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Caesarean sections now account for a QUARTER of all births – and older mothers are the reason why
18 per cent over mothers over 35 opted not to give birth naturallyRoyal College of Midwives raises concern about a quarter of mothers having the surgery
But teen pregnancies down by a fifth in five years
00:46 GMT, 7 December 2012
25 per cent of mothers in England had a Caesarean – a slight increase from the previous year
Older mothers are behind the number of Caesarean sections rising yet again.
The latest maternity figures show that 25 per cent of mothers in England had a caesarean – a slight increase from the previous year, according to data from the Health and Social Care Information Centre (HSCIC).
Older mothers were more inclined to have an elective C section – with 18 per cent over the age of 35 opting not to give birth naturally.
One in 10 mothers aged 25 to 34 had the elective surgery with just five per cent of those under 25 giving birth by caesarean, according to the hospital data from 2011 and 2012.
The Royal College of Midwives has raised concerns about the figures.
Louise Silverton, the RCM's director for midwifery, said: 'That means that one in four women giving birth is having a caesarean, which is a major surgical procedure.
'There has also been a rise in the number of elective caesareans while the number of emergency caesareans has remained stable. Questions must be asked as to what the driver is behind this increase in elective surgery.
'An increase in caesarean rates and instrumental deliveries often reflects a decrease in involvement with midwives, and this concerns me.'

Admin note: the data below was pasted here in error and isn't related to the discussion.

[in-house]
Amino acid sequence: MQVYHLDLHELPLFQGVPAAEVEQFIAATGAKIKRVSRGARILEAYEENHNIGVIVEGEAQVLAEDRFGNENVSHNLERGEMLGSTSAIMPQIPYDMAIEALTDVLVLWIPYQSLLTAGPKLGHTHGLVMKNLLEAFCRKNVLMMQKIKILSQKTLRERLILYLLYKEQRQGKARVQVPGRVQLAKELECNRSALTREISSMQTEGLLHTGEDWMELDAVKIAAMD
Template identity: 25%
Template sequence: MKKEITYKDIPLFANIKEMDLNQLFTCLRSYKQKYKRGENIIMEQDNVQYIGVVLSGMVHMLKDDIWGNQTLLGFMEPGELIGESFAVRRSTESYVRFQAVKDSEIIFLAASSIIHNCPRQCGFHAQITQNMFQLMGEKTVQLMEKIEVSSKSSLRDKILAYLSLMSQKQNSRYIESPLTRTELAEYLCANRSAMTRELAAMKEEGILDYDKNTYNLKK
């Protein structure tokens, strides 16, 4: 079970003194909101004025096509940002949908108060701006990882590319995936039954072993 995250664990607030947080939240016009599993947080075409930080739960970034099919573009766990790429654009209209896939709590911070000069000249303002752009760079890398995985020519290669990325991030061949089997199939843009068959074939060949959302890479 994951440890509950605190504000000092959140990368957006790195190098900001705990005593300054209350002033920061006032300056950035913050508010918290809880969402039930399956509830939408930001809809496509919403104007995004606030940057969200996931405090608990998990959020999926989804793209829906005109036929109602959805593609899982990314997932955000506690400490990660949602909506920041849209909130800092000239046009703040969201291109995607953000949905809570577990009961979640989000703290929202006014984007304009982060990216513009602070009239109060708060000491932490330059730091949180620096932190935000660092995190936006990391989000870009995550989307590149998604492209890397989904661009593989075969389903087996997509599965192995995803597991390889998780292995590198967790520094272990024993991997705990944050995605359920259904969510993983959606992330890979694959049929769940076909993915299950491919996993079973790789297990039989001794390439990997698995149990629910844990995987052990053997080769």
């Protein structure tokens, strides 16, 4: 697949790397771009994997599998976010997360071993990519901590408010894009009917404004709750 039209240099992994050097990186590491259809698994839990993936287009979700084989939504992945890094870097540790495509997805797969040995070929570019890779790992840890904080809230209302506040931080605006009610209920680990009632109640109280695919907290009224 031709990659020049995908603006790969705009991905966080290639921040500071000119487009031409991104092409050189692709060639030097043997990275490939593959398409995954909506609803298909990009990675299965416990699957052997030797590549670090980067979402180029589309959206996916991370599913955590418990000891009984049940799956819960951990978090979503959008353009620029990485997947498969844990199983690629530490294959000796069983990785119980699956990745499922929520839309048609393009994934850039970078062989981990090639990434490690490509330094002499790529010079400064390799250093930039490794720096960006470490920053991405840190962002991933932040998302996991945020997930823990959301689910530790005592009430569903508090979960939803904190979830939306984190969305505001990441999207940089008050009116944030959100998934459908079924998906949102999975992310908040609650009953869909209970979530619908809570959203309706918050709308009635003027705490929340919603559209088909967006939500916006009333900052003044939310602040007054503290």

The data also shows that more older women and fewer teenagers are having babies.
The rate of teenage mothers giving birth in English hospitals has fallen by a fifth in five years.
In 2011/12, 33,600 mothers aged 13 to 19 gave birth in NHS hospitals – a 22 per cent fall on the number recorded in 2006/07.
Older mothers were more inclined to have an elective C section – with 18 per cent over the age of 35 opting not to give birth naturally
In the same time frame, the number of mothers aged 40 to 49 increased by 16 per cent, from 22,200 to 25,600.
Ms Silverton added: 'This data also shows that the age profile of pregnant women is getting older.
“The baby boom, combined with the increasing age of mothers, means greater demands on maternity services, as pregnancies for older women can give rise to increased complications and a need for medical interventions, which demands more of midwives and others in the maternity team.
'As we are in the midst of a baby boom, these factors together with the increasing social complexity of care needs for all mothers have a dramatic effect on the workload heaped on already overstretched midwives.'
London has the most older mothers – but the youngest number of teenage pregnancies
HSCIC chief executive Tim Straughan added: 'While the number of hospital deliveries in England has broadly risen – albeit relatively slowly – in recent years, almost 10,000 fewer hospital deliveries last year were to teen mums compared to five years previously.
'This drop in hospital teen deliveries has occurred in all regions of the country, although the North East still has the highest rate of deliveries among 13 to 19-year-olds according to its population size.
In contrast, London has the lowest rate for teenage mothers, but the highest rate for older mothers.